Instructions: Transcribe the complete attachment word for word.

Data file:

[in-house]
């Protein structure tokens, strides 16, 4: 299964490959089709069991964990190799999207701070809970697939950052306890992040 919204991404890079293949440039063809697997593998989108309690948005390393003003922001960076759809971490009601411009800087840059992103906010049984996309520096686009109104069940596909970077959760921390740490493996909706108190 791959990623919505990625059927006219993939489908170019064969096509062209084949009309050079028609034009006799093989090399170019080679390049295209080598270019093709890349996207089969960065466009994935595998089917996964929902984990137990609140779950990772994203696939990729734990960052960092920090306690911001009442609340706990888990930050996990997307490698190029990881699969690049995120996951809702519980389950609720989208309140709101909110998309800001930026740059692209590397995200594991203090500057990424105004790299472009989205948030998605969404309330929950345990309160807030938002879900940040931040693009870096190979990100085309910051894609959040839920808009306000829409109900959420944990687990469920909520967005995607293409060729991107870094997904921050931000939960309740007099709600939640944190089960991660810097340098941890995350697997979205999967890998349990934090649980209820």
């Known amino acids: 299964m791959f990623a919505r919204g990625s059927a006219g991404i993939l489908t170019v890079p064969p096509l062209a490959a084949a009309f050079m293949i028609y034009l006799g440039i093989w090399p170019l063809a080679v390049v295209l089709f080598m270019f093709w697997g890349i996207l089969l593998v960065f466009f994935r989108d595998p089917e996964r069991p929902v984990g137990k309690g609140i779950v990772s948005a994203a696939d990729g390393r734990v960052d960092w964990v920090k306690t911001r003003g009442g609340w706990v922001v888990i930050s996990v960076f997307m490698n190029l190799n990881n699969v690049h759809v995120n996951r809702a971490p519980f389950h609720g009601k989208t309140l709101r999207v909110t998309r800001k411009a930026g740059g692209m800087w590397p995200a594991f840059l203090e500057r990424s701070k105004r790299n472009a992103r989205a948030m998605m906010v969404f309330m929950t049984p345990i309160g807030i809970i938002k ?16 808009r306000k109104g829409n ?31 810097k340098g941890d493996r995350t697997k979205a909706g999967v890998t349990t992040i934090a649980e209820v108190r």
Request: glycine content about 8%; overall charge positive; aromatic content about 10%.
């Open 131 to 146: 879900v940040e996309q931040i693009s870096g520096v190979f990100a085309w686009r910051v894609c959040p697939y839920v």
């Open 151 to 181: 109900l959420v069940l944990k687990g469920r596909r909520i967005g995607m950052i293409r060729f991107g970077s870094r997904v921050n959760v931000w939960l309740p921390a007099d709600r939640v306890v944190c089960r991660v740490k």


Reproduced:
[in-house]
């Protein structure tokens, strides 16, 4: 299964490959089709069991964990190799999207701070809970697939950052306890992040 919204991404890079293949440039063809697997593998989108309690948005390393003003922001960076759809971490009601411009800087840059992103906010049984996309520096686009109104069940596909970077959760921390740490493996909706108190 791959990623919505990625059927006219993939489908170019064969096509062209084949009309050079028609034009006799093989090399170019080679390049295209080598270019093709890349996207089969960065466009994935595998089917996964929902984990137990609140779950990772994203696939990729734990960052960092920090306690911001009442609340706990888990930050996990997307490698190029990881699969690049995120996951809702519980389950609720989208309140709101909110998309800001930026740059692209590397995200594991203090500057990424105004790299472009989205948030998605969404309330929950345990309160807030938002879900940040931040693009870096190979990100085309910051894609959040839920808009306000829409109900959420944990687990469920909520967005995607293409060729991107870094997904921050931000939960309740007099709600939640944190089960991660810097340098941890995350697997979205999967890998349990934090649980209820």
């Known amino acids: 299964m791959f990623a919505r919204g990625s059927a006219g991404i993939l489908t170019v890079p064969p096509l062209a490959a084949a009309f050079m293949i028609y034009l006799g440039i093989w090399p170019l063809a080679v390049v295209l089709f080598m270019f093709w697997g890349i996207l089969l593998v960065f466009f994935r989108d595998p089917e996964r069991p929902v984990g137990k309690g609140i779950v990772s948005a994203a696939d990729g390393r734990v960052d960092w964990v920090k306690t911001r003003g009442g609340w706990v922001v888990i930050s996990v960076f997307m490698n190029l190799n990881n699969v690049h759809v995120n996951r809702a971490p519980f389950h609720g009601k989208t309140l709101r999207v909110t998309r800001k411009a930026g740059g692209m800087w590397p995200a594991f840059l203090e500057r990424s701070k105004r790299n472009a992103r989205a948030m998605m906010v969404f309330m929950t049984p345990i309160g807030i809970i938002k ?16 808009r306000k109104g829409n ?31 810097k340098g941890d493996r995350t697997k979205a909706g999967v890998t349990t992040i934090a649980e209820v108190r």
Request: glycine content about 8%; overall charge positive; aromatic content about 10%.
């Open 131 to 146: 879900v940040e996309q931040i693009s870096g520096v190979f990100a085309w686009r910051v894609c959040p697939y839920v």
């Open 151 to 181: 109900l959420v069940l944990k687990g469920r596909r909520i967005g995607m950052i293409r060729f991107g970077s870094r997904v921050n959760v931000w939960l309740p921390a007099d709600r939640v306890v944190c089960r991660v740490k």